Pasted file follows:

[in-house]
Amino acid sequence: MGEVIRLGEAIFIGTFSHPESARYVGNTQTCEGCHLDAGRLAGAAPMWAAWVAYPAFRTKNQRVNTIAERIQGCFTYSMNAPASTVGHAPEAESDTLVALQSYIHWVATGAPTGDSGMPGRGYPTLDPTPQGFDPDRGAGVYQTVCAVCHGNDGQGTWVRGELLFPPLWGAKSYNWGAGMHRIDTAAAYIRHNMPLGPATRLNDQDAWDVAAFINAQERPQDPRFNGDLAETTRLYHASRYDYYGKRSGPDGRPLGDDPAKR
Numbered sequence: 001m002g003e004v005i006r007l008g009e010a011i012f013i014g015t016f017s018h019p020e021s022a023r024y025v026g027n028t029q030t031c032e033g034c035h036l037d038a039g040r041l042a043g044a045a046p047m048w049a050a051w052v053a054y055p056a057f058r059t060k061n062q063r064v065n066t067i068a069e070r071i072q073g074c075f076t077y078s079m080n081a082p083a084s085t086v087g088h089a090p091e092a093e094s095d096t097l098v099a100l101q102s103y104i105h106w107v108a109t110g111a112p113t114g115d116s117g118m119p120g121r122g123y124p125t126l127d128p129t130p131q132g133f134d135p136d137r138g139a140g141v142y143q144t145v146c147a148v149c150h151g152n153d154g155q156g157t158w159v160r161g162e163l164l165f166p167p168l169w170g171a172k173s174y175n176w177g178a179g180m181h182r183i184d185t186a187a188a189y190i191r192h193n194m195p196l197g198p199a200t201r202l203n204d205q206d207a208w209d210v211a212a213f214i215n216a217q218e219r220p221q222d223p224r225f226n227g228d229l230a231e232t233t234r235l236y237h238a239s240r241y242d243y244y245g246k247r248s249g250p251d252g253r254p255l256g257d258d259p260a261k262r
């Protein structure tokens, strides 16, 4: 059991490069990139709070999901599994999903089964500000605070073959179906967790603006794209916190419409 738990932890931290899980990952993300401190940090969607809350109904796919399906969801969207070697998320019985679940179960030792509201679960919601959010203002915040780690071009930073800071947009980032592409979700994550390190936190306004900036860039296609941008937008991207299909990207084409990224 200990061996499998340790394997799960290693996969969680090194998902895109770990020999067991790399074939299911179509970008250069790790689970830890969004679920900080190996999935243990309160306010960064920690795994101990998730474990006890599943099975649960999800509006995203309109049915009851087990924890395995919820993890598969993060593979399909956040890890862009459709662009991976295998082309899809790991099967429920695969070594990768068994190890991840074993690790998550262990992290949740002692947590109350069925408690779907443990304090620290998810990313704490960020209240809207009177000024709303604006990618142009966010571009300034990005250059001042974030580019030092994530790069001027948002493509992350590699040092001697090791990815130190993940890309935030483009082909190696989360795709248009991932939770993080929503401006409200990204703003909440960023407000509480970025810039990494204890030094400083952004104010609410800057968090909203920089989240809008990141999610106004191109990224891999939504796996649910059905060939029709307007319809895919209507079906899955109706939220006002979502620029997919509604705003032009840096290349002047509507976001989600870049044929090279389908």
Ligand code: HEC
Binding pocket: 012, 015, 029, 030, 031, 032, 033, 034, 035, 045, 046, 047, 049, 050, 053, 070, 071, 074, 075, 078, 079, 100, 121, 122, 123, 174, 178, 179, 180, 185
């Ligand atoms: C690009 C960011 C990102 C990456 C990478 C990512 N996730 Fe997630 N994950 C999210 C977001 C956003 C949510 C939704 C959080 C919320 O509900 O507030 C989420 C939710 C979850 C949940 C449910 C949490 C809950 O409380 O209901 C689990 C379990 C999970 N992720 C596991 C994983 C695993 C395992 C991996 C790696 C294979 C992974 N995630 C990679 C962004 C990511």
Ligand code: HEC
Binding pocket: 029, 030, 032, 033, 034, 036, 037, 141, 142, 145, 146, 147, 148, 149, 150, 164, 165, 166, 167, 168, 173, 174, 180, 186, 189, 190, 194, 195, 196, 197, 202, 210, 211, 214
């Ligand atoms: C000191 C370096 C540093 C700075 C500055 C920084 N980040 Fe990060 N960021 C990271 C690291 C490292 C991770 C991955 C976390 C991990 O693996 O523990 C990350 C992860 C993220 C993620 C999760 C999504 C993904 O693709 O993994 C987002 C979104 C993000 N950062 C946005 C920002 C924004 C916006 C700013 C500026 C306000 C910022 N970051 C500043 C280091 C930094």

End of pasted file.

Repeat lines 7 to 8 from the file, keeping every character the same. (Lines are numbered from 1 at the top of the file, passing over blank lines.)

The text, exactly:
């Ligand atoms: C690009 C960011 C990102 C990456 C990478 C990512 N996730 Fe997630 N994950 C999210 C977001 C956003 C949510 C939704 C959080 C919320 O509900 O507030 C989420 C939710 C979850 C949940 C449910 C949490 C809950 O409380 O209901 C689990 C379990 C999970 N992720 C596991 C994983 C695993 C395992 C991996 C790696 C294979 C992974 N995630 C990679 C962004 C990511």
Ligand code: HEC